Wednesday, March 28, 2012

Mirror Lists

We've all done it, all of guilty at one point or another, of that most glaring and unavoidable crime of having our characters mirror gaze.

The "dirty-public-restroom selfie"

It usually goes something like this:

Amanda strolled through the hall with a hop in her step, turning the corner and catching sight of herself in the mirror: her long strawberry blonde hair falling down across her thin shoulders, light freckles sprinkled across her pale face and framing her fiery honey eyes.

This is a moment in the prose borne only to familiarize the reader with how the character looks; a chance to list out his or her physical traits in a quick and compact fashion so as to get on with the great business of storytelling.

And mirrors offer up such temptation, for many of us see them everyday in our lives, when we prepare ourselves for work and school and going out, whenever we go to the bathroom, whenever we are feeling unsure of our appearance. It's easy enough to simply have our characters nonchalantly stroll by a conveniently-placed mirror, take a quick momentary glance, and commentate on how she or he looks (as many of us do) at that moment. Because, what reader would care about our characters if they couldn't know exactly what they looked like?

Even worse

The only practice more glaring than the dreaded mirror gaze is the act of listing. That most awkward act of stopping the story without any pretense to tell the reader all about the hairs on your main character's arms or how skinny their legs look while wearing shorts for no reason other than to say it - to give the reader "an image" of how the character should look. And usually, this type of stopping and listing will continue throughout the length of the story anytime someone new joins the party, either through the narrator's or the main character's eyes.

Derrick was a small boy, always had been, with knobby knees and a head of black hair that was too big and wild for his comparatively tiny head, obscuring his beady sky-blue eyes. Shorter than most boys his age, standing always at least three or four inches shy of his peers, the boy often felt himself to be a runt, almost always shunned by those who were taller and more athletic.

Unlike the mirror gaze, which at least attempts to fold this type of exposition into the forward motion of the story, the act of listing just flat out halts the action for the sake of throwing (most likely) useless and boring information at the reader. It's lazy, and adds to the notion that the reader must be told what to think about a character upfront rather than be trusted to come to their own decisions and conclusions organically as the tale proceeds.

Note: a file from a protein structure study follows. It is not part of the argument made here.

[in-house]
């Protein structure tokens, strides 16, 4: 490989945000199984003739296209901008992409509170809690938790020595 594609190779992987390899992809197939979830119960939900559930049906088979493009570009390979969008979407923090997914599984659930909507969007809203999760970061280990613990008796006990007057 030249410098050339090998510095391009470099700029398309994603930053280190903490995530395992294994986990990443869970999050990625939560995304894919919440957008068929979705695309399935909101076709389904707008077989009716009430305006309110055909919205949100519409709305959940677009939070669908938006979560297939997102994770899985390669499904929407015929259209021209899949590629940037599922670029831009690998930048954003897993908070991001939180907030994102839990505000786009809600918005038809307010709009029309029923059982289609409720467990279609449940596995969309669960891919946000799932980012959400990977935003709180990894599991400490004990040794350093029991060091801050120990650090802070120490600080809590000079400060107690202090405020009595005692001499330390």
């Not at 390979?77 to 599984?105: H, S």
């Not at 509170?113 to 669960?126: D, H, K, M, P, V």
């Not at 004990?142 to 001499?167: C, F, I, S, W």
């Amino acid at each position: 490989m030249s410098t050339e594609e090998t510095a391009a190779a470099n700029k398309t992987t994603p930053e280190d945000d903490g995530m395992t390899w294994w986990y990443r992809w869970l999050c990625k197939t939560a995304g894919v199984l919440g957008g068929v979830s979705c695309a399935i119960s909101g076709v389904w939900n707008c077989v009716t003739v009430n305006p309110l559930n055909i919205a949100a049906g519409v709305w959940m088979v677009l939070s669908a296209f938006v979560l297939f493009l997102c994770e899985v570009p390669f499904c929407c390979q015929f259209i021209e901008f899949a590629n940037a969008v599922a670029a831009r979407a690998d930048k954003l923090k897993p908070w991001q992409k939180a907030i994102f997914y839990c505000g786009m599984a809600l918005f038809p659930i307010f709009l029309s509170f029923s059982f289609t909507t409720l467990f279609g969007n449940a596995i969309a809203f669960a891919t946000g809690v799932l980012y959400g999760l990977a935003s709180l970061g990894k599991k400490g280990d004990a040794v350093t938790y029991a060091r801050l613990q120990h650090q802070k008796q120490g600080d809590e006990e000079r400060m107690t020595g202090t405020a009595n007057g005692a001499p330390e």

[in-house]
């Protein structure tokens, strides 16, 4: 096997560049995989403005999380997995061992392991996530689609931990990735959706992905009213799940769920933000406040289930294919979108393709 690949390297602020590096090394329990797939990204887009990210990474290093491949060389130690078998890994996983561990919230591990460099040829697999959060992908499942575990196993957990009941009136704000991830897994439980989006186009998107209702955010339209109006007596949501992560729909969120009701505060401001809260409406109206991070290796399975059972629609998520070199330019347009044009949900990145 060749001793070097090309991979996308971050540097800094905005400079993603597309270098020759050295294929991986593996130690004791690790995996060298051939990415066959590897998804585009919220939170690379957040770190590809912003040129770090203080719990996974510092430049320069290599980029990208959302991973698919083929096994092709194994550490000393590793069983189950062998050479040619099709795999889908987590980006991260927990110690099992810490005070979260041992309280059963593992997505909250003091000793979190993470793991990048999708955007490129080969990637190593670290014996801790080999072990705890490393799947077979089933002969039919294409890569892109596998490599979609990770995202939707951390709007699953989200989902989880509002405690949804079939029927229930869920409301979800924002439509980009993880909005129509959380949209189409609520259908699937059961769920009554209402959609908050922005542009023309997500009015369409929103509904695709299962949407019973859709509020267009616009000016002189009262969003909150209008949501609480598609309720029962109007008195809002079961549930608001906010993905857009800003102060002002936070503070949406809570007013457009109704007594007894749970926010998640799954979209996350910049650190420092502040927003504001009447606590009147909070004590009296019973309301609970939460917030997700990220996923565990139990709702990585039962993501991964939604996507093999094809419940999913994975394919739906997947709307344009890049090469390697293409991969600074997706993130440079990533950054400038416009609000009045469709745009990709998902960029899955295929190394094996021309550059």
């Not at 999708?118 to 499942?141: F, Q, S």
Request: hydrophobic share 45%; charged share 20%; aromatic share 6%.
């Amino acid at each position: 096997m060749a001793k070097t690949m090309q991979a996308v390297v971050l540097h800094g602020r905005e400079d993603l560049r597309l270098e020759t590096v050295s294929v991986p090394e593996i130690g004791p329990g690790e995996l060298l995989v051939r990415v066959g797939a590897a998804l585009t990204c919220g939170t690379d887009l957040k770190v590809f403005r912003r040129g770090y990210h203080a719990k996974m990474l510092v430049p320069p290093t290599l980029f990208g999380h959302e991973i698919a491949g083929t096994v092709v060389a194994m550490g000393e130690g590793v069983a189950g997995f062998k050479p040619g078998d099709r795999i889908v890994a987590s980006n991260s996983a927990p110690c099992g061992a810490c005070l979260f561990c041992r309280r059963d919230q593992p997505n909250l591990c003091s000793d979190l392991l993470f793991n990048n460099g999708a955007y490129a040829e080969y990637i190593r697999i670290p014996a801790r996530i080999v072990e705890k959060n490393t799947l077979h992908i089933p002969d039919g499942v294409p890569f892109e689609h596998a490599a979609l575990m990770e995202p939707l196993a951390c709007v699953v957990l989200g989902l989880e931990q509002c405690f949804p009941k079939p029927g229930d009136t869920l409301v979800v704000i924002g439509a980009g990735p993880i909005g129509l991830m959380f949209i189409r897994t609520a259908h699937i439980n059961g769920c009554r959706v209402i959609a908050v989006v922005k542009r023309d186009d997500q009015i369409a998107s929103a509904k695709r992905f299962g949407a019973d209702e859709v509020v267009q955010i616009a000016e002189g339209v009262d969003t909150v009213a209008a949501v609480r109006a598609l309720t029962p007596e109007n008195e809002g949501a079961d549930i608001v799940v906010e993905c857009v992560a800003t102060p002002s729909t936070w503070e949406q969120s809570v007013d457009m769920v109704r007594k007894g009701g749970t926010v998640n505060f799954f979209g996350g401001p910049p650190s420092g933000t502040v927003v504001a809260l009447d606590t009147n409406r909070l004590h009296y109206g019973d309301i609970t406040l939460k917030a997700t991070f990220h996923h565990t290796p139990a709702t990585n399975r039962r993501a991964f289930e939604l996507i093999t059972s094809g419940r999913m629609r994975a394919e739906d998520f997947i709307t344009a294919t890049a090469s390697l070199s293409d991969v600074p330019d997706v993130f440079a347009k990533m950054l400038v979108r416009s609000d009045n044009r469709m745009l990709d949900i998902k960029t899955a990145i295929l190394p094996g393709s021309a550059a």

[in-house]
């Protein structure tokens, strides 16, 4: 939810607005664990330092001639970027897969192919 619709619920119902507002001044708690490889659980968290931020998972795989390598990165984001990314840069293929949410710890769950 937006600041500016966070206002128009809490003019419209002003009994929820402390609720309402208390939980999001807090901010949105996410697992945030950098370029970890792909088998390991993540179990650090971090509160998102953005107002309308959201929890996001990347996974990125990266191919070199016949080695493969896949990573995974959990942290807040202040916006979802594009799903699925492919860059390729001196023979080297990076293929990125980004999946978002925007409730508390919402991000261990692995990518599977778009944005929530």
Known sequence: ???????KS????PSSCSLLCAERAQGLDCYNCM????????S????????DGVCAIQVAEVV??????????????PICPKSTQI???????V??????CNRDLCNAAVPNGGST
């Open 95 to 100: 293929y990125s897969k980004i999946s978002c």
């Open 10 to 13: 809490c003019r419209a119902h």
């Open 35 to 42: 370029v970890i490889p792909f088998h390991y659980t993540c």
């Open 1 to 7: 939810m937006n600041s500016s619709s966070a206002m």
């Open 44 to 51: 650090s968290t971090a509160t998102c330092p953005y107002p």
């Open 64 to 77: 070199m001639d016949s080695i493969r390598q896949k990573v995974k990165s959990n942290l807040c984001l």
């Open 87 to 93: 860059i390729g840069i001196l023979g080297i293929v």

Something about beholders and their eyes...

Look, no one expects your character to exist as an ambiguous, colorless, amorphous blobs of flesh ready to bend to whatever image the reader holds for them, but the fact remains that the reader will indeed imprint their own visions onto your creations, no matter how clearly you spell it out. That being said, aside from the very important task of giving characters personality, you should really have a detailed idea as to how they look like - the key though is to keep most of this information to yourself and to know when and where to dole it out.

Though readers will ultimately design the world of your story inside their minds, it is up to you, the writer, to lay out a good, strong foundation for them - not a blueprint. You are, after all, telling a story, not constructing a painstakingly-detailed diorama.

When a piece of scenery is described or a character's hair color revealed, it should always be in the context of the action taking place, it should be important to what's going on in that moment or be relevant to shaping the outlook of the characters doing the describing.

 Seriously, stop with the itemization

Many times, I would argue, it is less important that a character look a specific way than he or she having a definite stature or demeanor within the story - or, a finely developed "essence" is more essential than knowing if the character has pierced ears or not.

Because frankly, these laundry lists of genetic features and social practices that you trot out at the beginning of your stories for your main character or whenever a new character first enters the narrative, are usually skimmed over or forgotten soon after they're read. No one wants to keep track of dry information when attempting to fall into the world of the story.

It simply stops dead the flow of the fiction in a most unnatural way.